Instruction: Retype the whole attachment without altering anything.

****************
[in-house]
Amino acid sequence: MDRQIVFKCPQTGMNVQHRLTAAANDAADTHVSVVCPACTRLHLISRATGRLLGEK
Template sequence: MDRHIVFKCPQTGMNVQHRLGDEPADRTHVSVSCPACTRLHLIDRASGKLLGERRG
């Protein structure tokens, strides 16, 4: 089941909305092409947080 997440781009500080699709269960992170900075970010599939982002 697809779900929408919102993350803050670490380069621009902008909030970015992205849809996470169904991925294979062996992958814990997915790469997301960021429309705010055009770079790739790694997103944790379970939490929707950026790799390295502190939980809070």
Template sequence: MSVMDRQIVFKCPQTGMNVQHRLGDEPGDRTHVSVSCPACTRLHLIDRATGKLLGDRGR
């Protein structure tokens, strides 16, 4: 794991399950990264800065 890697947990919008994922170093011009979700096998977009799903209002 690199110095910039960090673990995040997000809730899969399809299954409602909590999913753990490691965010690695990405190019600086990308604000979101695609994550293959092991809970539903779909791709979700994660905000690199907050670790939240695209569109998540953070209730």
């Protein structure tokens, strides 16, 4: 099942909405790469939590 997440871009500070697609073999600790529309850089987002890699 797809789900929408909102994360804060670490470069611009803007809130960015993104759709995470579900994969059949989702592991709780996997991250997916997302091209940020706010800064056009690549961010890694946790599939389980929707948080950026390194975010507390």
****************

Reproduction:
[in-house]
Amino acid sequence: MDRQIVFKCPQTGMNVQHRLTAAANDAADTHVSVVCPACTRLHLISRATGRLLGEK
Template sequence: MDRHIVFKCPQTGMNVQHRLGDEPADRTHVSVSCPACTRLHLIDRASGKLLGERRG
């Protein structure tokens, strides 16, 4: 089941909305092409947080 997440781009500080699709269960992170900075970010599939982002 697809779900929408919102993350803050670490380069621009902008909030970015992205849809996470169904991925294979062996992958814990997915790469997301960021429309705010055009770079790739790694997103944790379970939490929707950026790799390295502190939980809070």
Template sequence: MSVMDRQIVFKCPQTGMNVQHRLGDEPGDRTHVSVSCPACTRLHLIDRATGKLLGDRGR
């Protein structure tokens, strides 16, 4: 794991399950990264800065 890697947990919008994922170093011009979700096998977009799903209002 690199110095910039960090673990995040997000809730899969399809299954409602909590999913753990490691965010690695990405190019600086990308604000979101695609994550293959092991809970539903779909791709979700994660905000690199907050670790939240695209569109998540953070209730």
């Protein structure tokens, strides 16, 4: 099942909405790469939590 997440871009500070697609073999600790529309850089987002890699 797809789900929408909102994360804060670490470069611009803007809130960015993104759709995470579900994969059949989702592991709780996997991250997916997302091209940020706010800064056009690549961010890694946790599939389980929707948080950026390194975010507390």